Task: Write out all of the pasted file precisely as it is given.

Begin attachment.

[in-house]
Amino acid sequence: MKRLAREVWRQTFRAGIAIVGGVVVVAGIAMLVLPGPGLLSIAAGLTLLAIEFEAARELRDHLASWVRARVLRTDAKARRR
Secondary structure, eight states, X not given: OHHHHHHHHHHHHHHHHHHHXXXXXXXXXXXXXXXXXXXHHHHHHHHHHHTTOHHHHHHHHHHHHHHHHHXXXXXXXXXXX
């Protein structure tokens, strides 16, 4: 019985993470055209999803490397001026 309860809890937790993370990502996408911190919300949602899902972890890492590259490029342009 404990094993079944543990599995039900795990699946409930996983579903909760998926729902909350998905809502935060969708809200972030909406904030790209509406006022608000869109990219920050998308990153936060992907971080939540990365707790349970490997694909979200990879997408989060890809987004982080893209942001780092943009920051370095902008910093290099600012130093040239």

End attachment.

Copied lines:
[in-house]
Amino acid sequence: MKRLAREVWRQTFRAGIAIVGGVVVVAGIAMLVLPGPGLLSIAAGLTLLAIEFEAARELRDHLASWVRARVLRTDAKARRR
Secondary structure, eight states, X not given: OHHHHHHHHHHHHHHHHHHHXXXXXXXXXXXXXXXXXXXHHHHHHHHHHHTTOHHHHHHHHHHHHHHHHHXXXXXXXXXXX
């Protein structure tokens, strides 16, 4: 019985993470055209999803490397001026 309860809890937790993370990502996408911190919300949602899902972890890492590259490029342009 404990094993079944543990599995039900795990699946409930996983579903909760998926729902909350998905809502935060969708809200972030909406904030790209509406006022608000869109990219920050998308990153936060992907971080939540990365707790349970490997694909979200990879997408989060890809987004982080893209942001780092943009920051370095902008910093290099600012130093040239």